3. I have an entrepreneurial streak. As a kid, I started money-making ventures from roadside lemon-aid stands to a tiny museum. None of them made much money, but they were a lot of fun. As I got older, I worked in sales part-time. I sold anything from shoes, to clothes, to house wares, and later, I even sold web-based software to help pay for university. I also helped start a software company in university, and now as an independent consultant I work with startup companies and advise founders and executives and help them with their business plans, strategic vision, product or service vision, and as they develop pitches to investors. It takes an enormous amount of effort to start something from nothing, and I have huge respect for software entrepreneurs. It irritates me when we techies make fun of management, or sale. They are hard jobs to do well and can come with enormous pressure and responsibility.
4. I'm a trained manager with experience from corporate training and undergrad work while in university. I started management training on the job as an assistant at the age of 18, during a recession a few years ago. Many employees reporting to me were former entrepreneurs or former senior managers from firms that had laid them off, and they were working part-time to help make ends meet. To lead people who were old enough to be my parents took a special combination of skill and diplomacy. I had to earn their respect by being willing to do any job I asked them to do, to work hard, and to not be a dictator. I learned something important from them - they were willing to work and do whatever it took to do right by their ethics and their families. They weren't distracted by titles or status; they just did whatever needed to be done. They were successful prior to the last big recession, survived it, and were even more successful afterwards. Those early lessons had a huge impact on my career.
5. I've been writing for most of my life, and I love it. Now I write on technical topics, but I plan on branching out into fiction eventually.
Debasis: What was the hardest challenge that you found in your career as a tester?
Jonathan: Overcoming narrow thinking about testing. Early in my career, I worked for small startups, and they demanded that all employees provide value. They didn't really care how we did that as testers, as long as we provided them with the information they needed. Some of them were using iterative, incremental lifecycles and practices back in the '90s, and we had to be creative and solve problems differently than traditional testing texts recommended. As I moved on, I found that some testing groups were less concerned about results than they were in some adhering to some process ideal. Back then, people were more concerned about heavyweight processes. More recently, being Agile-compliant is often more important than providing good results. (By the way, I’ve been involved on a lot of Agile projects over the past several years, some successful, others not.)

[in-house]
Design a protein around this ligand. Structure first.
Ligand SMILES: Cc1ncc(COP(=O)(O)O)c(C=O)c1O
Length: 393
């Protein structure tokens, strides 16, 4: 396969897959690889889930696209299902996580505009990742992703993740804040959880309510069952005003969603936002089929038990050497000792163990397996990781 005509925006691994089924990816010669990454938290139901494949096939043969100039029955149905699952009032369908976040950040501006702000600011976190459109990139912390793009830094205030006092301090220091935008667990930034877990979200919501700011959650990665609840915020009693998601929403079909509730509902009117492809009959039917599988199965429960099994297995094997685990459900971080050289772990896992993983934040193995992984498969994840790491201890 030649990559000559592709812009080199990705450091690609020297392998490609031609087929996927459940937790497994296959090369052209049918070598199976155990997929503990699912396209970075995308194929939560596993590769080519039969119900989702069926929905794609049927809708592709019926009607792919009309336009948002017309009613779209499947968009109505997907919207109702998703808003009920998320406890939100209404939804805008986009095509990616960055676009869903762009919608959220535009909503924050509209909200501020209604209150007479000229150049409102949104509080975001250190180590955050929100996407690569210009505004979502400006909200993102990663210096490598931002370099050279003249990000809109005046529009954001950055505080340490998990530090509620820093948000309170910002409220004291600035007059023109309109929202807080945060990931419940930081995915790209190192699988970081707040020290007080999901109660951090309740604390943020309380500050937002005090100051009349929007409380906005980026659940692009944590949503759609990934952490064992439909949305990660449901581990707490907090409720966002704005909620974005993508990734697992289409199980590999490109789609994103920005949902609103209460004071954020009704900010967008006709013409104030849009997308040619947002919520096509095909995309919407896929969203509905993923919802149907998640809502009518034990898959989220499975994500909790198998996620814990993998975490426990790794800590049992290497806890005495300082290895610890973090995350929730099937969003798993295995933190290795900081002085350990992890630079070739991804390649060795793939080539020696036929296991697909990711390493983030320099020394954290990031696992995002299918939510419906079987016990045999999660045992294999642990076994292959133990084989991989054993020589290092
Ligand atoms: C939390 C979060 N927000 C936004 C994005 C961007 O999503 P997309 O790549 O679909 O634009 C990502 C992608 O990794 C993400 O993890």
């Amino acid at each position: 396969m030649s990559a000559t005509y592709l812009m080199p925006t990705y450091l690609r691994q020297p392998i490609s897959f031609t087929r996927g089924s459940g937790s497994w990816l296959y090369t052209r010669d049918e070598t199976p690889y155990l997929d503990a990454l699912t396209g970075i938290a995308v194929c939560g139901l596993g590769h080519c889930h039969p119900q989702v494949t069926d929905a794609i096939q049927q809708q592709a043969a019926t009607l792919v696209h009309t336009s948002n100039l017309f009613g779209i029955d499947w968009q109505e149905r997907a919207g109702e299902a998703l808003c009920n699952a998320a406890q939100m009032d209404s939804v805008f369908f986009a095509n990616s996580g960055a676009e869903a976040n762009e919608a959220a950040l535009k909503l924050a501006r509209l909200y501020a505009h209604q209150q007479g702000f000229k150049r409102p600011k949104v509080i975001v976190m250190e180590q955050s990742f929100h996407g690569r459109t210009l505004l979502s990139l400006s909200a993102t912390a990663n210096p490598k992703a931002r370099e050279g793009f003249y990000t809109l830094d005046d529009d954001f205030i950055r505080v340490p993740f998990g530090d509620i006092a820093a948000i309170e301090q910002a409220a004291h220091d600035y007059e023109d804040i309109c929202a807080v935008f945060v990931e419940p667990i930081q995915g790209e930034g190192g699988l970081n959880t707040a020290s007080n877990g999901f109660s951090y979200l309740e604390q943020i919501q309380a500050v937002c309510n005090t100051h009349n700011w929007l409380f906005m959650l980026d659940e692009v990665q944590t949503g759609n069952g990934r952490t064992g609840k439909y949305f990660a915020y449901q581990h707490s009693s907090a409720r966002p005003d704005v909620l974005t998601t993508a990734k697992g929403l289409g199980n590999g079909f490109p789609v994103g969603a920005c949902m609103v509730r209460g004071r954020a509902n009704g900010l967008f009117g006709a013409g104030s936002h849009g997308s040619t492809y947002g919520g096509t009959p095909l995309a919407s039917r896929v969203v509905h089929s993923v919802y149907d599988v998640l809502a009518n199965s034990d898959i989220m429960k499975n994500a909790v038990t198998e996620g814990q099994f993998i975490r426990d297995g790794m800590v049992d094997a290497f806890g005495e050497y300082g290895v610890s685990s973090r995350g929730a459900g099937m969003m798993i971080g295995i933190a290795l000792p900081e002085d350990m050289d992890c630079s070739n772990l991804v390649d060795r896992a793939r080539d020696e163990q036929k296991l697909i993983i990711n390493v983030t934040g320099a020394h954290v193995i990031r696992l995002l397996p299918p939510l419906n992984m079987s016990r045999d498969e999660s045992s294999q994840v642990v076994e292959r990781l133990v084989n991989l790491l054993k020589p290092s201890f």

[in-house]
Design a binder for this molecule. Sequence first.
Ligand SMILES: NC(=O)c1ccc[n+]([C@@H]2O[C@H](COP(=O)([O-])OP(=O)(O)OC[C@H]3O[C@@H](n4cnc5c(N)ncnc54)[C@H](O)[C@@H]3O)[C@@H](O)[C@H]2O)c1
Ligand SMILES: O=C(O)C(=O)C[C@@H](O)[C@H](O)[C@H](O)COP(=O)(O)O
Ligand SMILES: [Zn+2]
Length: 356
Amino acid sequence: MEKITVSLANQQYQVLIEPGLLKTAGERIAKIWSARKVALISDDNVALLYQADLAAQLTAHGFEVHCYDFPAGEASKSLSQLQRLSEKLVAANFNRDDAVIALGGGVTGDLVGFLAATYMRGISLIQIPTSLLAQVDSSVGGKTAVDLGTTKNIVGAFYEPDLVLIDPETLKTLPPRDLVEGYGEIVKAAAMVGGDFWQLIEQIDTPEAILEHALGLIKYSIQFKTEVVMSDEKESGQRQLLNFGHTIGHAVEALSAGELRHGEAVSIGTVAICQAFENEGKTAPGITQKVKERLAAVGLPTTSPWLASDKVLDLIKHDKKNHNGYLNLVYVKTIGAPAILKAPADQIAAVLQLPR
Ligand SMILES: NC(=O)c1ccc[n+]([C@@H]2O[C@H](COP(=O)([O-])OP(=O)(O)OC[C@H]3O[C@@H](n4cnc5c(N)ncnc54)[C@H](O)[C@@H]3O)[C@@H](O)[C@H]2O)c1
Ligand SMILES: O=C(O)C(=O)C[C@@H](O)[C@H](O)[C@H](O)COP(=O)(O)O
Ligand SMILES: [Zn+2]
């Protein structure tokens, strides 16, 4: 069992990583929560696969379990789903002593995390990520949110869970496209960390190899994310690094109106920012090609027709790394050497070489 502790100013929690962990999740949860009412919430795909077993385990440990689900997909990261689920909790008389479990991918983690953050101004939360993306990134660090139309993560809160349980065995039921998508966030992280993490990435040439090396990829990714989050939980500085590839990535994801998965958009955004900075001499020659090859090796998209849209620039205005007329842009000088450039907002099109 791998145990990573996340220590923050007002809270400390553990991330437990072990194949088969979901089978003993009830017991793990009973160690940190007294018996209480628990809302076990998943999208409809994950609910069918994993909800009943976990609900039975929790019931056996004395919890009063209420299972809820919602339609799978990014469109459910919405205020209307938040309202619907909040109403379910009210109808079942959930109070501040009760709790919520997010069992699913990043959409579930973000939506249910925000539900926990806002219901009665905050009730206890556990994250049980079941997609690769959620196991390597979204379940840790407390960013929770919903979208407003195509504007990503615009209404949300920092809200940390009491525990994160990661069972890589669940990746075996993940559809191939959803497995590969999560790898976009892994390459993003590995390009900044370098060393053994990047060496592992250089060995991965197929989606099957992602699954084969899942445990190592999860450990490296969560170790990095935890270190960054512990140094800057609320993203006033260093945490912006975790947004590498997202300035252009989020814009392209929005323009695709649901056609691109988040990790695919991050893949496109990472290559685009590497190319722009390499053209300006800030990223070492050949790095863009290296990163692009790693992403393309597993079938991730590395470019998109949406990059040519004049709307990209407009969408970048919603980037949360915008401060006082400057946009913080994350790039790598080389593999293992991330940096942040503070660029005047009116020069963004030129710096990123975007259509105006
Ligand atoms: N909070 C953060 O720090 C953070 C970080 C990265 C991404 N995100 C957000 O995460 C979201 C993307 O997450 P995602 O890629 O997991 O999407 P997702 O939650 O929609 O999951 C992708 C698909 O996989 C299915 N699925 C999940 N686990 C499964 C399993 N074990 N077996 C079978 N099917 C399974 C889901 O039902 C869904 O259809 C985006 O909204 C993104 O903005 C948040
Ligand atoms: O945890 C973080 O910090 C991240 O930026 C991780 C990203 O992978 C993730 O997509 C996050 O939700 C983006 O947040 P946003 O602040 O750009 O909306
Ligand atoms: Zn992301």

I don't understand why we have so many extreme views in software that have so much emotion and blind faith wrapped up in them. I value sustainable results, and so do most stakeholders I work with. On most real-world projects, there is a mix of practices: Agile and traditional, exploratory and scripted testing, manual and automation. It bothers me that we have to be one thing or another, or be at one extreme and denigrate other ideas, tools and practices. Why not broaden thinking and try for a mix of tools and practices in testing? Thankfully, there has been a softening of views and more people are open to trying whatever it is that can help them create value, rather than being pure adherents to some methodology or tool ideal.
That has been interesting and rewarding to see. Even five years ago exploratory testing was often misunderstood and discouraged. Now, people are interested in trying out practices to learn how to do it better and add it to their process and tool mix. The same thing goes for open source testing tools, and different software development methodologies. The fusion of ideas, and the mashups of tools, processes, practices and methodologies different teams use to create value over time is fun to watch.
Debasis: Tell me about the most satisfying moment in your testing career.
Jonathan: When I first realized my work mapped directly to our company being able to provide more value to our customers and end users. Now, I get satisfaction when I help track down high impact intermittent bugs that not only help the team create value for their users, but also it takes a weight of pressure off the team. As a trainer of software testers, I get enormous satisfaction when I see a tester learn and grow as I help them develop their skills, and learn how to learn the craft of software testing. It's fun to have a manager ask me what on earth I did to help this junior tester rocket to a bug finding and bug-preventing star in such a short time. Of course, I did very little but encourage an interested tester figure out how to tap into their own skill set and potential.
I hope all of you enjoyed the interview as much as I did. I will be posting the final part of this interview soon. So stay tuned.